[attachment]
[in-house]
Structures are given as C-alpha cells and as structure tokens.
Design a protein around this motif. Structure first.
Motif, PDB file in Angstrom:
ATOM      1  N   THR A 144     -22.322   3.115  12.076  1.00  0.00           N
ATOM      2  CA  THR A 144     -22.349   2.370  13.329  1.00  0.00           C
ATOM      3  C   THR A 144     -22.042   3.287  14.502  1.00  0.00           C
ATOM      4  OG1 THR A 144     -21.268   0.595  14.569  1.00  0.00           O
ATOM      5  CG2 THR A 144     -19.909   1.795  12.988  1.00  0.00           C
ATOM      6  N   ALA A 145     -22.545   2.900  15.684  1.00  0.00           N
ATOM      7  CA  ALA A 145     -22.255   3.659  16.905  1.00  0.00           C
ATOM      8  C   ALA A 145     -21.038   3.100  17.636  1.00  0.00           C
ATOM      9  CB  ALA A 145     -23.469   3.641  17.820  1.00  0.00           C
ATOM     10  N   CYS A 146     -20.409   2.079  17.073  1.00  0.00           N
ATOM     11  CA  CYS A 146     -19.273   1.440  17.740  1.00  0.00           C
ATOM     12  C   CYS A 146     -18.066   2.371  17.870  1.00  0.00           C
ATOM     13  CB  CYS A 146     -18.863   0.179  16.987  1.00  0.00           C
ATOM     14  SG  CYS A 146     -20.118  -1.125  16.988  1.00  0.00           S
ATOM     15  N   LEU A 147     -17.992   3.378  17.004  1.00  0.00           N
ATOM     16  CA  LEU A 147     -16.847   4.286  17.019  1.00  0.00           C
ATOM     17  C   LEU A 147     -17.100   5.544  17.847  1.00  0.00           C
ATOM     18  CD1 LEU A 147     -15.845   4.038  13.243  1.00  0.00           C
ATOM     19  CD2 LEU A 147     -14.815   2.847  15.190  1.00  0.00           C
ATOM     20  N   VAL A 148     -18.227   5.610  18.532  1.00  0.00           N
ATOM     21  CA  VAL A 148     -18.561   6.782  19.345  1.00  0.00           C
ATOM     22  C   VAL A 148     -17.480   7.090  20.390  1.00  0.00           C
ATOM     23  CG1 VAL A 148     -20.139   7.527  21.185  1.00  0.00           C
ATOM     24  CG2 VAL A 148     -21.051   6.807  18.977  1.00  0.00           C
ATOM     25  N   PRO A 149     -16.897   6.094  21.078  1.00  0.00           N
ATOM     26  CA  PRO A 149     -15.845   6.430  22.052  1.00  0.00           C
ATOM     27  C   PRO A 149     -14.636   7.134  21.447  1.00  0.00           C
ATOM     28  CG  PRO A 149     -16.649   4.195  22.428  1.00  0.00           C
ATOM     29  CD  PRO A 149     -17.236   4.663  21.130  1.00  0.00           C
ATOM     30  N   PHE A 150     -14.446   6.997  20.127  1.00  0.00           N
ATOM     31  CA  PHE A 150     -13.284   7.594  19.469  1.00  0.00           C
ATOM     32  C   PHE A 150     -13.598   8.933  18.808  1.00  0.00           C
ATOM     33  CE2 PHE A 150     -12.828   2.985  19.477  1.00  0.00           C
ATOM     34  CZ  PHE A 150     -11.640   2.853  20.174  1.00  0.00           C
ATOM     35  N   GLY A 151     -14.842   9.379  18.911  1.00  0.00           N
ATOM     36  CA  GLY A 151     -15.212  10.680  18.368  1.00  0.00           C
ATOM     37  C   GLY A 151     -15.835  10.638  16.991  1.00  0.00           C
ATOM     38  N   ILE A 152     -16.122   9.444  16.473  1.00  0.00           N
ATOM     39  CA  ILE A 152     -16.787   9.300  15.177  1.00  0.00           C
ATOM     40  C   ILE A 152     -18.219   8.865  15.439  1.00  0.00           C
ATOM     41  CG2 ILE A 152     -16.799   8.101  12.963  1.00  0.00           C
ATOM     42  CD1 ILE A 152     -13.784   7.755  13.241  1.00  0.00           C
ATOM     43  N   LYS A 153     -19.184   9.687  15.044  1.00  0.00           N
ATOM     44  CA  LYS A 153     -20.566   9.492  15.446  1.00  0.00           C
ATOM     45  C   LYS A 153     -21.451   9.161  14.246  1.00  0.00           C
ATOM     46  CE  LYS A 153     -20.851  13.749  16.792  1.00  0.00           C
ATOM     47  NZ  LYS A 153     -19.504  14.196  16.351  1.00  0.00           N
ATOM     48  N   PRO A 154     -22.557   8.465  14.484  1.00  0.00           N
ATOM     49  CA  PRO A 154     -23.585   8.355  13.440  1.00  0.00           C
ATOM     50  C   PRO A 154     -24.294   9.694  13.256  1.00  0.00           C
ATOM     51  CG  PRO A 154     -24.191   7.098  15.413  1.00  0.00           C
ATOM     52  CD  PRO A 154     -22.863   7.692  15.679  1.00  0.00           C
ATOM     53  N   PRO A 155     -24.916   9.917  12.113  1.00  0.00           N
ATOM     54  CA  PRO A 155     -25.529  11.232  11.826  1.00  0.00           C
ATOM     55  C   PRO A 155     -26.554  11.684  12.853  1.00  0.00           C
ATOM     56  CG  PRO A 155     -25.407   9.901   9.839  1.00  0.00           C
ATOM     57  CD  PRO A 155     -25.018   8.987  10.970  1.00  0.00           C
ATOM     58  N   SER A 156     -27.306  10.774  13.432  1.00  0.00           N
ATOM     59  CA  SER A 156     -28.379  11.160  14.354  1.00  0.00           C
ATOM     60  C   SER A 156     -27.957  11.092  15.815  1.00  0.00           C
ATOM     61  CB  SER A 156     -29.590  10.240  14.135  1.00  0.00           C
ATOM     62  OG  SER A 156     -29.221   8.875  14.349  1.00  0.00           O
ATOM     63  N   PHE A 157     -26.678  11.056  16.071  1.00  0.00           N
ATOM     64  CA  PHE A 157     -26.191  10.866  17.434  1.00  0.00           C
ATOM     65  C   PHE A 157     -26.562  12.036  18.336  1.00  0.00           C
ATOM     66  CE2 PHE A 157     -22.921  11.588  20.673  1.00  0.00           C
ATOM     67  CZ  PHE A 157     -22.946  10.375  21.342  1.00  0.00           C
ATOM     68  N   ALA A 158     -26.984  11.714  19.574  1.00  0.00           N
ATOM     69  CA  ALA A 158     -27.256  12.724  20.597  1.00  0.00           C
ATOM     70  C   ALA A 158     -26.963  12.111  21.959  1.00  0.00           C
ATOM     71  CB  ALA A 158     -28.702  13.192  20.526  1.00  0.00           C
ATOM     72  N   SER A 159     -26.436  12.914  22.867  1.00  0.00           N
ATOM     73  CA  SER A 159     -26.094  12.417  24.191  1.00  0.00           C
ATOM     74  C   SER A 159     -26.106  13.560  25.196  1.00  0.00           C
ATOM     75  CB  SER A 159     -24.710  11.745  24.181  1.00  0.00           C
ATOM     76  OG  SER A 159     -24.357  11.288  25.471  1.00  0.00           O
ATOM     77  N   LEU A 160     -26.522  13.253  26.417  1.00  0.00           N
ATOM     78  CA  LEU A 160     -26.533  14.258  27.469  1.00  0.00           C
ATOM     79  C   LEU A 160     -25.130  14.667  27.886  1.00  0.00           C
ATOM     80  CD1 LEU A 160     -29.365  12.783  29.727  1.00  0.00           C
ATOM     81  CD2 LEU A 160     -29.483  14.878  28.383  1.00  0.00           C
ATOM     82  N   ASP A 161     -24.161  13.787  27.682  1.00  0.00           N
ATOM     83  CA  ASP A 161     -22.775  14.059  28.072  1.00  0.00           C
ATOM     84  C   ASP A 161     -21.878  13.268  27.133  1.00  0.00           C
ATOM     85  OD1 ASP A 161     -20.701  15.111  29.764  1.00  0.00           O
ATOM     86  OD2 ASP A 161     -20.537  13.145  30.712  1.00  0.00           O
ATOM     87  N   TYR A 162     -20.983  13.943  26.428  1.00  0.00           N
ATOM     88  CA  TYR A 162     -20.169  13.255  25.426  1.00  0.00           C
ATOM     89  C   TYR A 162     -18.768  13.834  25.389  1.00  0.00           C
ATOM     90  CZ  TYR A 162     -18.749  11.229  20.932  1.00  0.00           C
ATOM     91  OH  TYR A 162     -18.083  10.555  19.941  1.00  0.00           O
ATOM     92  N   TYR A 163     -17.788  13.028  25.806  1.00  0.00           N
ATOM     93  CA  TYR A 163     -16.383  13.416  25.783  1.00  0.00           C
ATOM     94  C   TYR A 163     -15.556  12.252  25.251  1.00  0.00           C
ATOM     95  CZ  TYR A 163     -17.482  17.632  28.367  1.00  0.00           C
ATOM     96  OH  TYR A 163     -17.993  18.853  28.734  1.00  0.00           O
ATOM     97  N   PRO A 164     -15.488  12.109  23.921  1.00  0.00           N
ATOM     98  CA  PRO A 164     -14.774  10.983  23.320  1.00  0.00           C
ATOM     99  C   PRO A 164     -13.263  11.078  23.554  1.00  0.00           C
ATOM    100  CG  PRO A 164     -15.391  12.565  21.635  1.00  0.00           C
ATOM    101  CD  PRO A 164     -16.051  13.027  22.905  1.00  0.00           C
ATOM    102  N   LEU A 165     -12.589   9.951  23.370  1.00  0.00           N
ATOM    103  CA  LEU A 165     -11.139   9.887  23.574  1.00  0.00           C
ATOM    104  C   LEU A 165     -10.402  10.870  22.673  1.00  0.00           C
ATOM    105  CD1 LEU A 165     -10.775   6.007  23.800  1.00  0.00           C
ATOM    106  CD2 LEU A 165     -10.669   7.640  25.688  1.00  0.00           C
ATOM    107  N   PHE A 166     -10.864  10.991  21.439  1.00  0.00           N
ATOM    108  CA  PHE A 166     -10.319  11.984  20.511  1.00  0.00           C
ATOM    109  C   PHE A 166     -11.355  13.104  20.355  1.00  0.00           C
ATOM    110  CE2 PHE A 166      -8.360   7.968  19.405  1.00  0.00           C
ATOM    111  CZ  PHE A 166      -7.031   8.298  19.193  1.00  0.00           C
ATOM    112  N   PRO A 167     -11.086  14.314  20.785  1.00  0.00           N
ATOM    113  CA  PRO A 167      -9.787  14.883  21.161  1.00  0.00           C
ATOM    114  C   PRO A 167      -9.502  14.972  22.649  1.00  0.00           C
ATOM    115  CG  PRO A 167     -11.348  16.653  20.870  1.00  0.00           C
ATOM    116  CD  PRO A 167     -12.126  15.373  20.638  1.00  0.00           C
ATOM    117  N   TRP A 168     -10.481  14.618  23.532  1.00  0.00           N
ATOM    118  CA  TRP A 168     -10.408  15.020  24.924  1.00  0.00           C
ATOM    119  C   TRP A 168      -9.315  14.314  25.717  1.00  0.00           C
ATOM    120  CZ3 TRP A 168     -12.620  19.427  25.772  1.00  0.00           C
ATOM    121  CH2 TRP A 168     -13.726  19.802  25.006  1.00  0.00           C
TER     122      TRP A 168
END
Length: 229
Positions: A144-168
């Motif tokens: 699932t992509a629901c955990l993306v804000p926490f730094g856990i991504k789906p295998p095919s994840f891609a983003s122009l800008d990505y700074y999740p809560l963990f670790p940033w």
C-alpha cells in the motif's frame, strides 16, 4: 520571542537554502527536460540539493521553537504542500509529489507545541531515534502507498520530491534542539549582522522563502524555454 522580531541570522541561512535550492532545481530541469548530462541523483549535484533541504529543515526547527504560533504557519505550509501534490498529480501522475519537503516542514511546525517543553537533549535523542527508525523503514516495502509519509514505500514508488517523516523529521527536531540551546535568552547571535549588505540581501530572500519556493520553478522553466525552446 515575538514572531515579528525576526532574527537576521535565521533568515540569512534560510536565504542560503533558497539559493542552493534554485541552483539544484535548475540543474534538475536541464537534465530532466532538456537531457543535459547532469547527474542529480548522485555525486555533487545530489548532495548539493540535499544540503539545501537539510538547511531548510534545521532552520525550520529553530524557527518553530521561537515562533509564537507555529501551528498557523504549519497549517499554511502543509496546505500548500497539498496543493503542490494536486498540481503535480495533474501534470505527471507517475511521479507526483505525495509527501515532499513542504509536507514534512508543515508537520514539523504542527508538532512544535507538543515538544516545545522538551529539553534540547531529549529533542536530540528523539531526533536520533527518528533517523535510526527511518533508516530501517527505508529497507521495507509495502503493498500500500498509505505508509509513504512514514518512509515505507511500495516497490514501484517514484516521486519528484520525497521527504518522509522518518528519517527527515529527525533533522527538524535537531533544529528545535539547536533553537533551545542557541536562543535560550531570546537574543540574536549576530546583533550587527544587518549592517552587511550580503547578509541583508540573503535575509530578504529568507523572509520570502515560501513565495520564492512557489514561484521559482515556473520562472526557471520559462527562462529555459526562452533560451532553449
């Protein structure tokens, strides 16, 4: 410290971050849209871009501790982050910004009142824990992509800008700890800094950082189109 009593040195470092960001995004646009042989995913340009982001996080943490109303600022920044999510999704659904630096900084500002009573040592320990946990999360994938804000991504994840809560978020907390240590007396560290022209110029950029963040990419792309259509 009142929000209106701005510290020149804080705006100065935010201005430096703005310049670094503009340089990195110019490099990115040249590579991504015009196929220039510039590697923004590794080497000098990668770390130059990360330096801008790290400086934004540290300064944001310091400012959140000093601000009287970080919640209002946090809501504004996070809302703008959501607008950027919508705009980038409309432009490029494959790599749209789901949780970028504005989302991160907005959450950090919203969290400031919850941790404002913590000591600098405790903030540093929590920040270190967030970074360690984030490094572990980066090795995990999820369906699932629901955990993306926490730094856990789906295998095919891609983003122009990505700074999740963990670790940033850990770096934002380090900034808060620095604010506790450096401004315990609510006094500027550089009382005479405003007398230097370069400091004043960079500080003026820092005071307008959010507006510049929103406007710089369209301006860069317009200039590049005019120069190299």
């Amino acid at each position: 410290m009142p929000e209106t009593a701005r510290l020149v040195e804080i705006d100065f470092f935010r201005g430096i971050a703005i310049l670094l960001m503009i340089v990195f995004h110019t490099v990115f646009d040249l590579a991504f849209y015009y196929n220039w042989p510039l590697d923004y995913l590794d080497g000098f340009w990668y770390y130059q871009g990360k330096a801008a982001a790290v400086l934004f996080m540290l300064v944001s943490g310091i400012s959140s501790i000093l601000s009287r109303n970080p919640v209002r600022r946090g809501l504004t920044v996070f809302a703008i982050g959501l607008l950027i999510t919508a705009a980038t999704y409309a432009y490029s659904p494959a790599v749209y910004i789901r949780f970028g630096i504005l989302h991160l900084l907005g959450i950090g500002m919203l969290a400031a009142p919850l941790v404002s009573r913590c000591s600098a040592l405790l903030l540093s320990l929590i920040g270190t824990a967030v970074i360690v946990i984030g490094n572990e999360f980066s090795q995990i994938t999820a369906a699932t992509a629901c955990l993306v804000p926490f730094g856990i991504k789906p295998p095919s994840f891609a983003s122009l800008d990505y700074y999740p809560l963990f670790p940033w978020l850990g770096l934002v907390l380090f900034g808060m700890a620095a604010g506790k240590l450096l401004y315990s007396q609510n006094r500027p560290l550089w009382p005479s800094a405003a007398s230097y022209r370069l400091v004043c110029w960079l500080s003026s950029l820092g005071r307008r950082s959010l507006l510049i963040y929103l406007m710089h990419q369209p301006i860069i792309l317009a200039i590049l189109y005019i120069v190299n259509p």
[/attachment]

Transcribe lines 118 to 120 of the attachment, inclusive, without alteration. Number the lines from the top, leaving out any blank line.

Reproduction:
ATOM    114  C   PRO A 167      -9.502  14.972  22.649  1.00  0.00           C
ATOM    115  CG  PRO A 167     -11.348  16.653  20.870  1.00  0.00           C
ATOM    116  CD  PRO A 167     -12.126  15.373  20.638  1.00  0.00           C